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'Rocky Horror' Not Typical Broadway

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NEW YORK (AP) — Break out the fishnet stockings and rubber gloves!

``The Rocky Horror Show'' is about to open at Circle in the Square, and the sci-fi rock musical can only be fun if middle-aged, middle-Americans leave their middle-class sensibilities at home.

Based on the hugely popular movie ``The Rocky Horror Picture Show,'' which in turn was based on a stage show, the revival features a garter-clad transvestite known as Dr. Frank N. Furter — eyes heavily shadowed in blue. He's joined by an eerie crew including Riff Raff and Magenta, a ghoulish brother-sister pair who plot Frank's demise, and Columbia, known by her gold-lame tails and black Mary Janes.

Frank, played by Tom Hewitt, who played Scar in ``The Lion King,'' is a sort of over-sexed mad scientist who grows heady with the success of bringing his own Frankenstein's monster to life. But instead of a green-faced, 7-foot deformity, Frank's creation is a super-buff boy-toy named Rocky.

Rocker Joan Jett makes her Broadway debut as Columbia. And, yes, she does shed the tails and Mary Janes for her signature leather. Raul Esparza, whose previous work was mostly in Chicago theater, is Riff Raff; and Daphne Rubin-Vega, who won critical acclaim for her role of the junkie Mimi in ``Rent,'' plays Magenta.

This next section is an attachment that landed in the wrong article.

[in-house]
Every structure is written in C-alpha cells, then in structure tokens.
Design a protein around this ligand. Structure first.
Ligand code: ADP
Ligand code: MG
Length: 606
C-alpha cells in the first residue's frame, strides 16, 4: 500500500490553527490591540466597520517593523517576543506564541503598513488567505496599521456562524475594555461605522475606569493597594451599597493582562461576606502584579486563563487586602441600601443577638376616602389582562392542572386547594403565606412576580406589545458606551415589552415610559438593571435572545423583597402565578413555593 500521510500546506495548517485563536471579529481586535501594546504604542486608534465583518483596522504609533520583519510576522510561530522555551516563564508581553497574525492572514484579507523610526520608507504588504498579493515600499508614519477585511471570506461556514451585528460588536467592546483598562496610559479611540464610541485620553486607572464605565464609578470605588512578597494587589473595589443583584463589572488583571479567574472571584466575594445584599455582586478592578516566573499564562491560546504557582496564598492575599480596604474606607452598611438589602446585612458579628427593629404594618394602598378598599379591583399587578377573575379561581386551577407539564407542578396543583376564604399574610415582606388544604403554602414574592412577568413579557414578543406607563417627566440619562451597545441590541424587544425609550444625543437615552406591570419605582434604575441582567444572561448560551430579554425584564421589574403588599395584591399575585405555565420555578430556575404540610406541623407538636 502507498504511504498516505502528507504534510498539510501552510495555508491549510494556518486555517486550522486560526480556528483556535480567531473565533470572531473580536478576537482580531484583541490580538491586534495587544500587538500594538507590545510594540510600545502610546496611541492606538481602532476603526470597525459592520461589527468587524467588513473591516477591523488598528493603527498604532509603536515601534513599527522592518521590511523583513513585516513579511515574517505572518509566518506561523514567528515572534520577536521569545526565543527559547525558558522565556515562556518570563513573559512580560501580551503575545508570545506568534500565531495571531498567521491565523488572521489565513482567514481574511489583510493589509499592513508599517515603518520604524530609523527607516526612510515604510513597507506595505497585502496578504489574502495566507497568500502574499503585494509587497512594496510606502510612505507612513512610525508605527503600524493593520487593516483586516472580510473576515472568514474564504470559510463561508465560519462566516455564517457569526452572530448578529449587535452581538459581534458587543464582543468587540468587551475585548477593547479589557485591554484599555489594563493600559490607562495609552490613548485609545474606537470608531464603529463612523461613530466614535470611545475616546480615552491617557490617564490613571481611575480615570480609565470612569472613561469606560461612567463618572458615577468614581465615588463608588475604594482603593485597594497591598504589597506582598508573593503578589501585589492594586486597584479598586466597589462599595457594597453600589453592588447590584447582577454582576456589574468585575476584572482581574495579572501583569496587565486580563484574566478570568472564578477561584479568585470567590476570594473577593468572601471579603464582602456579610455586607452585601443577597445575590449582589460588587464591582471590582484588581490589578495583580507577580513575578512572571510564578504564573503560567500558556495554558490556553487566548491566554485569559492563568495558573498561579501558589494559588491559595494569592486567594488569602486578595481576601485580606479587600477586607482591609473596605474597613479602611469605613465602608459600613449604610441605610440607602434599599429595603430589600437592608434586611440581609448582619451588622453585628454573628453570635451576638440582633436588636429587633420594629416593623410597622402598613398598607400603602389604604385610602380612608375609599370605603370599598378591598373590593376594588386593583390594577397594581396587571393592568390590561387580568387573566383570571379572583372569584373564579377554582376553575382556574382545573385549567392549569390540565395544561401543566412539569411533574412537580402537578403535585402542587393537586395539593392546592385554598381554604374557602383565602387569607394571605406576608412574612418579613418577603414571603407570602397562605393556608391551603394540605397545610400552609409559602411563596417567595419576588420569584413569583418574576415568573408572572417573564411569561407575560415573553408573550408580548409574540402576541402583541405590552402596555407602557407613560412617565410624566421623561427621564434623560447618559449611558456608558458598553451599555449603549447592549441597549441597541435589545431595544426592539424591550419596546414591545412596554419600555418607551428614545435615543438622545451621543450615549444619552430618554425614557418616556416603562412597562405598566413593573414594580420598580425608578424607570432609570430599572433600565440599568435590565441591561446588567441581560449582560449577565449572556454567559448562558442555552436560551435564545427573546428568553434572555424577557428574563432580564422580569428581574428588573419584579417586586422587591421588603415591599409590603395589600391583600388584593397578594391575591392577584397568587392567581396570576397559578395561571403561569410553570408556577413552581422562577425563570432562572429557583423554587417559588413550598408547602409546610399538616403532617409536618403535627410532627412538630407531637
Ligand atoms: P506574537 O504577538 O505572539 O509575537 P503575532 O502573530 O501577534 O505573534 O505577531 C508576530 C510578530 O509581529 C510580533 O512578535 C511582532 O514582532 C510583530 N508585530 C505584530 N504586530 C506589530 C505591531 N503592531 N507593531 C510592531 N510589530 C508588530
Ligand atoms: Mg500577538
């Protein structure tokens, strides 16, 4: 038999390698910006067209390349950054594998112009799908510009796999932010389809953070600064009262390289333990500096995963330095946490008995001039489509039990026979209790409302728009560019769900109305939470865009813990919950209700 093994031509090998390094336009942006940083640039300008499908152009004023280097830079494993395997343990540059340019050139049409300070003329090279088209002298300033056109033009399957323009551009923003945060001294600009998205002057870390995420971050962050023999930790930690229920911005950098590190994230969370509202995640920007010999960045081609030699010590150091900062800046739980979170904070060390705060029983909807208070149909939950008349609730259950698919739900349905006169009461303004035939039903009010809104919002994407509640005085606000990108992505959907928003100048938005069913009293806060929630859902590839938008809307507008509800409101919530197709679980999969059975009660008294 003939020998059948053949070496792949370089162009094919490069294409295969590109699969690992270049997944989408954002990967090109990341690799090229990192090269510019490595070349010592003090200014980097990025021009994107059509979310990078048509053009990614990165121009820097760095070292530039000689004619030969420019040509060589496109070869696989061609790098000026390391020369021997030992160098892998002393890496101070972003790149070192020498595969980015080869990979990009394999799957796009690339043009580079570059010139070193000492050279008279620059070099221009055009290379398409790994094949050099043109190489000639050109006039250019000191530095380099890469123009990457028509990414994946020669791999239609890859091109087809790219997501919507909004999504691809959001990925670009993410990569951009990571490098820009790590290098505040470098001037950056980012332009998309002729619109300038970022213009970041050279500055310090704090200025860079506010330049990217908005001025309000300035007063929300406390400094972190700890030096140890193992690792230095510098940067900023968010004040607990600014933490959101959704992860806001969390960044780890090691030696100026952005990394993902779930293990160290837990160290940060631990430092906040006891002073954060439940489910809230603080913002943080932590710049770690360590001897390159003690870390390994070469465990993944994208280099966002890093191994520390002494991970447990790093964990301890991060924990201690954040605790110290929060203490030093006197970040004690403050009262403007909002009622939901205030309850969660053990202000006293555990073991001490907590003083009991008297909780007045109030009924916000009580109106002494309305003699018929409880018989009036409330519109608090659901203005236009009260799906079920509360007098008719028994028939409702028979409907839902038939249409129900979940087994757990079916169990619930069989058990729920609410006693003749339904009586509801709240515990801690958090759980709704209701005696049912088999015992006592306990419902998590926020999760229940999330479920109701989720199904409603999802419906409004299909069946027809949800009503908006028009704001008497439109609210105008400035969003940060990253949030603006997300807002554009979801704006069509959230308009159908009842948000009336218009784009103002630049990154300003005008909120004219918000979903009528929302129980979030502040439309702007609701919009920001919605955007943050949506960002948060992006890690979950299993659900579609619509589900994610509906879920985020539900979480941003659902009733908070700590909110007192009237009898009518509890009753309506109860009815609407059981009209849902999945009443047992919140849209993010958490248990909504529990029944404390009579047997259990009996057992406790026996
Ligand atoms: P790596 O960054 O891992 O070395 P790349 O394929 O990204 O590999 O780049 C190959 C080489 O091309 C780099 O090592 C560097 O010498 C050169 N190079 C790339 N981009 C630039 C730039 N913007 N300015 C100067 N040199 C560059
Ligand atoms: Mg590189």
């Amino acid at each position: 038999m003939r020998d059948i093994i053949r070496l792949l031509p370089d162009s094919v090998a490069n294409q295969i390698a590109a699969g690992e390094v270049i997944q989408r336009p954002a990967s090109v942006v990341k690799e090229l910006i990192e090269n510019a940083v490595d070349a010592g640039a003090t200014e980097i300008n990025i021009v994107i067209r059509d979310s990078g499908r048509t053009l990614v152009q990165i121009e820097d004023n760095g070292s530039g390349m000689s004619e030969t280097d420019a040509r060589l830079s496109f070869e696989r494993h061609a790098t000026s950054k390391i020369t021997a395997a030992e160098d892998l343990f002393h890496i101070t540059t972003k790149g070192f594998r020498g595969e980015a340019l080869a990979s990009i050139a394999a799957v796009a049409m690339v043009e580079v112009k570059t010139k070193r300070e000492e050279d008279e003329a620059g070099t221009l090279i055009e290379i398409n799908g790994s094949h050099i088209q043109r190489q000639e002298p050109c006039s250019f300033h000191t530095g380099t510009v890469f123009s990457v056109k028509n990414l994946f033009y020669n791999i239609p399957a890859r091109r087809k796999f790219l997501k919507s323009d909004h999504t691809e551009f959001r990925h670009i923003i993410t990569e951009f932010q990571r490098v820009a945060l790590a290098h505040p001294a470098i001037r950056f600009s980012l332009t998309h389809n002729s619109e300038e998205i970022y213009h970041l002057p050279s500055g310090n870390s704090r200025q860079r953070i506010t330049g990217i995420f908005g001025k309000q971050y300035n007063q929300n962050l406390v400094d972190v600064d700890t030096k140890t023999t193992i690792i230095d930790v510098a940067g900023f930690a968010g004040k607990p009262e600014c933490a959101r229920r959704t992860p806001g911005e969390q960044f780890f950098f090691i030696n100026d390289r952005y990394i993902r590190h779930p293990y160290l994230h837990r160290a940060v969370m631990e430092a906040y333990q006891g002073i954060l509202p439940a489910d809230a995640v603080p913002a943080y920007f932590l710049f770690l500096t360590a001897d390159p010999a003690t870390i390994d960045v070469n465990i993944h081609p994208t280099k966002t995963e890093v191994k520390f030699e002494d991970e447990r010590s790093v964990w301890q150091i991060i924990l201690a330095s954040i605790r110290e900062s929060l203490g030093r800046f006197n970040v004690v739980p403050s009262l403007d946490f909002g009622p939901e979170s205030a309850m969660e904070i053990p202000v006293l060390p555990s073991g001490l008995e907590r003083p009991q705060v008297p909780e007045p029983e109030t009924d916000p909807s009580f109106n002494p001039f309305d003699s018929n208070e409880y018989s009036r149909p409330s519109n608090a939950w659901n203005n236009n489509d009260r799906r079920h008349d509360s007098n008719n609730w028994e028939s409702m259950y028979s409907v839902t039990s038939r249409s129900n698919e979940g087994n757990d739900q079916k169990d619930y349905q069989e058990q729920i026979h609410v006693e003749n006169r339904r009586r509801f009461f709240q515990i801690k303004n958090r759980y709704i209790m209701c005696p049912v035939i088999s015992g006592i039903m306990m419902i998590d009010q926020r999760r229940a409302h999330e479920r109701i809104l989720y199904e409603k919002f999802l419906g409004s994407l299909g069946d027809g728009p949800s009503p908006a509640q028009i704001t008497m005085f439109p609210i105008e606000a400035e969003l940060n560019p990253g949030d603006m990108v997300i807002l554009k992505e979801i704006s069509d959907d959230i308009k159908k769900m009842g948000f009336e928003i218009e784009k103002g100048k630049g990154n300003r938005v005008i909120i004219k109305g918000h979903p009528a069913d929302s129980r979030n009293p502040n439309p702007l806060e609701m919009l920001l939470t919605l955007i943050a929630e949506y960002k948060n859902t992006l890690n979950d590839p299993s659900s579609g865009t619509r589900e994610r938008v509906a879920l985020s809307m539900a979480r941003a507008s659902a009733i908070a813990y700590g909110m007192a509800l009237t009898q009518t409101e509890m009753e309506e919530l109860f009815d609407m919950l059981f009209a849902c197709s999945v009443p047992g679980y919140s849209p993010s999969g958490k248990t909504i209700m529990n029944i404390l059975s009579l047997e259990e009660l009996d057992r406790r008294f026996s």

Set inside a dreary castle, the bawdy, gaudy, off-color ``Rocky'' doesn't fit the typical Broadway formula. But it nicely echoes the zaniness that has made the silver screen version a standard at midnight movie houses for 25 years. Frank supplies the double-entendres, but it's up to the audience to do the rest.

So be prepared.

First, pack a bag. Bring newspaper, confetti, a pen light and a deck of cards — maybe a roll of Scott's toilet paper, if you can. After all, audience participation is what ``Rocky Horror'' is all about, and you can't do the job without the proper tools.

The plot, if there is one, tells the story of the ever-so-virginal Janet Weiss (famously played by Susan Sarandon in the movie) and fiance Brad Majors. Their car breaks down on a dark and stormy night, leaving them stumbling through the rain to a castle where Frank (Tim Curry in the movie, and in the original London and New York plays) hosts a gaggle of transsexuals from the galaxy Transylvania as he unveils Rocky.